GRR

Dan Trent: TVR T350C – The Classic For You?

06th June 2016
1960s-revival-fashion-guide-main-07032022.jpg Dan Trent

As I write this I've got a head full of TVR ahead of a date with the firm's new boss, Les Edgar. Given PistonHeads' historic links with TVR an open tab with a classifieds search for the same seems only appropriate, if only to get a sense of what the market is doing as excitement builds about the company's long-awaited return.

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I have to say, after the reveal that wasn't a reveal at the London Motor Show (the styling model stayed resolutely under its sheet) I want to be convinced by Edgar this is for real and we are going to see a new TVR in the near future. I hope so. A back to basics British sporting coupe with a V8 by Cosworth and built under Gordon Murray's innovative iStream manufacturing process in a new factory in Wales sounds right up my street. A TVR owner (in both senses), Edgar won't be drawn on the cars from the back catalogue he favours for fear of people reading too much into it. But his tastes are clear from other cars in his collection, including one of the mad twin-supercharged Aston Martin Vantage V600s.

And when I look at the market he's aiming the new car at Aston Martin seems the obvious benchmark – bold, distinctively British and with a wild streak at heart. The new V12 Vantage S with its back to basics manual gearbox seems, to me, exactly the kind of car Edgar would like to be building.

Referring back to that classifieds search it seems the market is in a state of flux. The wild-looking Sagaris that represents TVR's final act before things all went tits up is clearly a desirable and – subsequently – expensive car, low '60s your entry level. Iconic '90s models like Cerberas, Griffiths and Chimaeras that, to traditionalists, symbolise the Wheeler era golden age also seem popular. Likewise Tuscans.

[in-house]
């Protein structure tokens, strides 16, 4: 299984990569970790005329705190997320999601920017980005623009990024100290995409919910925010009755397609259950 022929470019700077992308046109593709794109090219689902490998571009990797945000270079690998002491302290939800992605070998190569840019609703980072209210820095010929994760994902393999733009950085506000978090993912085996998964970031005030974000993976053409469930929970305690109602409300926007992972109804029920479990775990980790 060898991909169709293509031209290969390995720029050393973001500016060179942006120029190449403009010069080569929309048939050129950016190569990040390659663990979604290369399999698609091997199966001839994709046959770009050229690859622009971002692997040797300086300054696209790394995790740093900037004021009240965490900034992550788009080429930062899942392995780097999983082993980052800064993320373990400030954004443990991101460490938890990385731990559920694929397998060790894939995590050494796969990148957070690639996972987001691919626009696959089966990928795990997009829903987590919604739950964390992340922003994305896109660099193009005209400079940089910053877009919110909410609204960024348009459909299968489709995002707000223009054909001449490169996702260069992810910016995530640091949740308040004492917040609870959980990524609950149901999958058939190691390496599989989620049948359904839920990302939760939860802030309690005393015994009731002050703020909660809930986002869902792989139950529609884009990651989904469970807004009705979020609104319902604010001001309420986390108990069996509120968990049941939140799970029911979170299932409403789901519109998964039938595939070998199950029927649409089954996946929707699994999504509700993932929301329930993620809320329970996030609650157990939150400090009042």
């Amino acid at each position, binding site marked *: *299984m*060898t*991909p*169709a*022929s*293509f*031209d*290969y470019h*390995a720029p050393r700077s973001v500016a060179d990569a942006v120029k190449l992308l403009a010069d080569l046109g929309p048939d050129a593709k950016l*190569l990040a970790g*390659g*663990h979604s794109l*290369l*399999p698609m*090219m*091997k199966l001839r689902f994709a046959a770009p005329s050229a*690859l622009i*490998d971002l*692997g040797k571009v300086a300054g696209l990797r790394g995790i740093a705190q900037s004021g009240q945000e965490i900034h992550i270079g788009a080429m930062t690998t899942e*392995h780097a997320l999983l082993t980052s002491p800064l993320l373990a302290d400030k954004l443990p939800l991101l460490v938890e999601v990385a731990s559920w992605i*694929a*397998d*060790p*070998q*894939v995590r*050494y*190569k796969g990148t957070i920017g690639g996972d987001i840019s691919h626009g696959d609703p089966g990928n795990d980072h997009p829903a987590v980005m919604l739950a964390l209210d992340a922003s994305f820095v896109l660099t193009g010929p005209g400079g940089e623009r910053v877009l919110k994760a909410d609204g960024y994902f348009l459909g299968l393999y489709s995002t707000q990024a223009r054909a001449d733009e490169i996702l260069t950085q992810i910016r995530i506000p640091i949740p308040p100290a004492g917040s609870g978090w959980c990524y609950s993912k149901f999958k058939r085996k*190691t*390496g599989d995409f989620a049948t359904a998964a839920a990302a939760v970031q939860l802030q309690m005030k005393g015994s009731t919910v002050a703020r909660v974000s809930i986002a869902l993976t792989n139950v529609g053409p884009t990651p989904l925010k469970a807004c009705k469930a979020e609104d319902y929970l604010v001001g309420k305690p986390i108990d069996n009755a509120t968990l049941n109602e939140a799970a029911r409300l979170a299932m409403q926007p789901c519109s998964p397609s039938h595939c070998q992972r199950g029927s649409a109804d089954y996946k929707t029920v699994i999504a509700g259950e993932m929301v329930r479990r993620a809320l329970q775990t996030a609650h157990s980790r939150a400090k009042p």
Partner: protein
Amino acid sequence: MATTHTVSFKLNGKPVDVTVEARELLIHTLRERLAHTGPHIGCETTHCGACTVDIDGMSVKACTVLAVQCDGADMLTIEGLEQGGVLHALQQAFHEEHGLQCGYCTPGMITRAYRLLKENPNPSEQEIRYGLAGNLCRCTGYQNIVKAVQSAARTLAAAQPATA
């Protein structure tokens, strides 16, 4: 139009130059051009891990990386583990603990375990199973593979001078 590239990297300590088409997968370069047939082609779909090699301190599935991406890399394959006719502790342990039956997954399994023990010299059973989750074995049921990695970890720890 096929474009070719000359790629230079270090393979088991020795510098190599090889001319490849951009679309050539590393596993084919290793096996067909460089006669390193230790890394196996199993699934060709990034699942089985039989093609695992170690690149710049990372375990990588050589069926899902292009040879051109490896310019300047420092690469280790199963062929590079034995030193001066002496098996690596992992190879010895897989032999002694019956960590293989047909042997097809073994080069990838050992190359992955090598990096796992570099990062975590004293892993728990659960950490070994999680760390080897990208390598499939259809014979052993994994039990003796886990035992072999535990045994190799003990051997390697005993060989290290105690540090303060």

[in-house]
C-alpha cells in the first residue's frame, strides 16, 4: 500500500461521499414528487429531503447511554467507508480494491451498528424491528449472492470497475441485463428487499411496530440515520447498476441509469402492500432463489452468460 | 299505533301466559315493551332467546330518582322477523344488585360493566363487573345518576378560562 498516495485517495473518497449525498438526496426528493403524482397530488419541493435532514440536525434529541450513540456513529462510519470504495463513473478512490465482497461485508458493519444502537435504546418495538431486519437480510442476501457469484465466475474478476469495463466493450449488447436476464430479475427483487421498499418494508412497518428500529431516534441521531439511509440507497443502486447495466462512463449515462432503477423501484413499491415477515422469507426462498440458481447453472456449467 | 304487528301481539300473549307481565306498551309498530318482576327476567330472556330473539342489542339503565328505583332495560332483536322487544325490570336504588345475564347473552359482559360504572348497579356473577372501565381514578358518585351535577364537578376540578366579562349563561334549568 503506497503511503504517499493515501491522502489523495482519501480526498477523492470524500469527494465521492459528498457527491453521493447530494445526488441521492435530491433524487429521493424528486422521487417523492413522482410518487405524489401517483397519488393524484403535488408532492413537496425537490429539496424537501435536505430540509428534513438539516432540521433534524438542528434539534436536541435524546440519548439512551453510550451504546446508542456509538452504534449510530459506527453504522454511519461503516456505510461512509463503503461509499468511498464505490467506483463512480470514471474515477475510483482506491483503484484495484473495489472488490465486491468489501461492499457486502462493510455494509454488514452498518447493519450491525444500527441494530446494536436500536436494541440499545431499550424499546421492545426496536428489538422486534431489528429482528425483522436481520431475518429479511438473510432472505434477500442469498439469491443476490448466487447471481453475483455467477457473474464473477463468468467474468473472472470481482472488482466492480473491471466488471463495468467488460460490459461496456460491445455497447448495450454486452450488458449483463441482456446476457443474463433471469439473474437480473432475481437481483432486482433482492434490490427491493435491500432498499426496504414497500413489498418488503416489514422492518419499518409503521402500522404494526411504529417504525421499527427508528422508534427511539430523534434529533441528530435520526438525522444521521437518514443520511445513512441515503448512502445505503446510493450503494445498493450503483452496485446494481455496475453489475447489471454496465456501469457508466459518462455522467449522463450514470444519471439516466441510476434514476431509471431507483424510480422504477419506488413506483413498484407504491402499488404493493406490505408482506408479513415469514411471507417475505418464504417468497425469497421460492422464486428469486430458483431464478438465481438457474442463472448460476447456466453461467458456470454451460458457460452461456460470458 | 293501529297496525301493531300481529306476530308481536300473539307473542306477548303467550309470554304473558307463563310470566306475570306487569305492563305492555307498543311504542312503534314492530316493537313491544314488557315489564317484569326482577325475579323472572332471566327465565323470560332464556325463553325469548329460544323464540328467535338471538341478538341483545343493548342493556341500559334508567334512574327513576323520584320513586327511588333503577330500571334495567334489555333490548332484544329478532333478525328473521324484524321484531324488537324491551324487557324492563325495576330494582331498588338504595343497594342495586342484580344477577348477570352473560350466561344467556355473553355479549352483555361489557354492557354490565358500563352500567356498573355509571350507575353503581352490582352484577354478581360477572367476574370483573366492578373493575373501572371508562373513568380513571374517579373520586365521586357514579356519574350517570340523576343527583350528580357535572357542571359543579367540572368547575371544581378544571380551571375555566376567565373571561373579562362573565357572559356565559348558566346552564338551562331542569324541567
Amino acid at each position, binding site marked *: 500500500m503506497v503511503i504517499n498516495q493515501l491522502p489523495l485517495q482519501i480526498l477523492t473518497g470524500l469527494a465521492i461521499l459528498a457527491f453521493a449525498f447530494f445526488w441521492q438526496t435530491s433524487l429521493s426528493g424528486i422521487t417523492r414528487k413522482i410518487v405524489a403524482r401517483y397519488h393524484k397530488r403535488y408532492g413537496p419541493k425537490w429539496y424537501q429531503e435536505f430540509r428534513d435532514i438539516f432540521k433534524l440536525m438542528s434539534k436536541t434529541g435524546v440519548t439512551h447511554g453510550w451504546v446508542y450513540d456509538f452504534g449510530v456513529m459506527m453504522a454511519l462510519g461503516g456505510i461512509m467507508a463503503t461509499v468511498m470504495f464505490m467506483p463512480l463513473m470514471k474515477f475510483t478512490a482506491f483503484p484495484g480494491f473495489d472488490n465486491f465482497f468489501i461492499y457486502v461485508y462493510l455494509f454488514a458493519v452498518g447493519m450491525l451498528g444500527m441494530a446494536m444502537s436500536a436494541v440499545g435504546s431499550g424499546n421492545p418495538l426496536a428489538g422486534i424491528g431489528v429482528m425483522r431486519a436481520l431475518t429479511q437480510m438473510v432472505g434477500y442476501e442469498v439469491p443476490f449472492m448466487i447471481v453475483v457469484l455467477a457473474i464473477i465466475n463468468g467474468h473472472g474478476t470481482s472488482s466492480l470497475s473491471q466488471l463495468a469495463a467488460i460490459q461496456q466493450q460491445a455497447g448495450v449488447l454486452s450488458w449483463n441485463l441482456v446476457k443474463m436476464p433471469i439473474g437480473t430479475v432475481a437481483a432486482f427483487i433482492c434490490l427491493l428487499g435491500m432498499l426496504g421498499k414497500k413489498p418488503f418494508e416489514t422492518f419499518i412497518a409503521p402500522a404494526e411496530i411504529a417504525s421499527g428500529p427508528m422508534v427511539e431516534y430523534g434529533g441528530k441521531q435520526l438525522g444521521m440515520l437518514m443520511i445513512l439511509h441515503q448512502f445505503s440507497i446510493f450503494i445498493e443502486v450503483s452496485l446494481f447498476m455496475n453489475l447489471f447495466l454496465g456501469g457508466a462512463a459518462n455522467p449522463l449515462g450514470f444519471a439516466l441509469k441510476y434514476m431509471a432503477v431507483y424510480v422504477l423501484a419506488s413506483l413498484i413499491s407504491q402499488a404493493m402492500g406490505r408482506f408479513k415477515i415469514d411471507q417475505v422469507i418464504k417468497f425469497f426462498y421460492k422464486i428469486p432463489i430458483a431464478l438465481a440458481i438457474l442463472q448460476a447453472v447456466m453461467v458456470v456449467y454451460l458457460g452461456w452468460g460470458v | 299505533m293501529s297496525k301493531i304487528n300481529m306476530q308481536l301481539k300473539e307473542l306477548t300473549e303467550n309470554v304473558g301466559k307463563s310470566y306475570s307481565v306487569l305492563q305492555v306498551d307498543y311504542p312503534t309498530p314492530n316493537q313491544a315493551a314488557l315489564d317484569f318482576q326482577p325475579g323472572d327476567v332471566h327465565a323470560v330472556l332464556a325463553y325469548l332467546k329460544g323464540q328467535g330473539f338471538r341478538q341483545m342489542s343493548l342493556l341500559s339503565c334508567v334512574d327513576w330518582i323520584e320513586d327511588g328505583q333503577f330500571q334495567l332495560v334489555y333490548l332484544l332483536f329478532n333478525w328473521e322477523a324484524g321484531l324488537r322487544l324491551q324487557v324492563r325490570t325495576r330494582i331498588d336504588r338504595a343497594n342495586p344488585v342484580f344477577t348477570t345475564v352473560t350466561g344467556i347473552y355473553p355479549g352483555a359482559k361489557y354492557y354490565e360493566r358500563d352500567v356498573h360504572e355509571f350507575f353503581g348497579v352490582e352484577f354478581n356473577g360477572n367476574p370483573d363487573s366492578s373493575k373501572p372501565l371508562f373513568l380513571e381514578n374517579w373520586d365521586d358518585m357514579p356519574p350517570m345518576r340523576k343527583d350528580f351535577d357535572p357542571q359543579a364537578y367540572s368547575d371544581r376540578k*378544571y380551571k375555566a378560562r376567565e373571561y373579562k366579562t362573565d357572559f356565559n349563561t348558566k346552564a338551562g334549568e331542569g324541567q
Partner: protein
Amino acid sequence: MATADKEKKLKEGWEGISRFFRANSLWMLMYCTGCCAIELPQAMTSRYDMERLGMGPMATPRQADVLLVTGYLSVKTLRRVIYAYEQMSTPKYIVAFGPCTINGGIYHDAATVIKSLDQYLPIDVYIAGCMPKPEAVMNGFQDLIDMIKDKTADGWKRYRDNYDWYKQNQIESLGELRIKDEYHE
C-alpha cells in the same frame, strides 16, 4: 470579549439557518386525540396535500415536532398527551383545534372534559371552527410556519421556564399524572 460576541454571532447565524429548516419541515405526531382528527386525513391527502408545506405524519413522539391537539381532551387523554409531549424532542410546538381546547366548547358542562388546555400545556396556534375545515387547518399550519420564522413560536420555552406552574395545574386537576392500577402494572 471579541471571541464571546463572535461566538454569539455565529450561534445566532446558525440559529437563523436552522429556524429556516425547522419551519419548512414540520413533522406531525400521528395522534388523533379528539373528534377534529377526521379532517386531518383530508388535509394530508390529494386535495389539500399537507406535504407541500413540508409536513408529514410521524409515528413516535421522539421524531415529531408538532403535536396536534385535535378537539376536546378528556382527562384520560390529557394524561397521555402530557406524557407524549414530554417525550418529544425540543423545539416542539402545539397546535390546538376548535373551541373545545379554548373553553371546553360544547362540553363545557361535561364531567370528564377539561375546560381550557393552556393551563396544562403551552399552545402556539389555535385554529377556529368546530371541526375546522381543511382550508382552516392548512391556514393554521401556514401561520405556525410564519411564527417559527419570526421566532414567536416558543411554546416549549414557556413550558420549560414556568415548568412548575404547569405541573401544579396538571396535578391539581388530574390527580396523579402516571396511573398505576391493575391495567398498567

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My pick would be one of the forgotten TVRs, the T350C. The Sagaris it spawned is too much for me. For half the money a T350 has what I'd want from a classic British coupe - traditional proportions, a charismatic, high-revving, throttle-bodied straight-six engine and a perfect intersection of TVR wildness and reasonable taste. I think the relative restraint in the styling dates it less than the Sagaris too, without diluting that essential eccentricity and lunacy any TVR should possess. And for this money it looks a much more exciting purchase than a Cayman, with the renewed interest in the brand hopefully making it a solid investment too.

Any TVR needs to be bought with your eyes open, my chosen car offered by well-known specialist Str8six. I like the colour, the fact it's a coupe so doesn't have the silly hatches of the targa version and Str8six offers a detailed service history. I'd be curious to know why the last two owners moved it on so quickly having covered less than 800 miles between them; the romanticist in me likes to think it was because it scared the living daylights out of them. Which would be very TVR. Overall though the looks, positioning heritage and personality of the T350C are exactly the kind of car I'd like Edgar and his colleagues to be building when TVR returns. The V12 Vantage chaser can wait; first up we need a car with a wild side but with that sense of relative attainability TVR always traded so well on.

Images courtesy of Pistonheads

  • TVR

  • T350C

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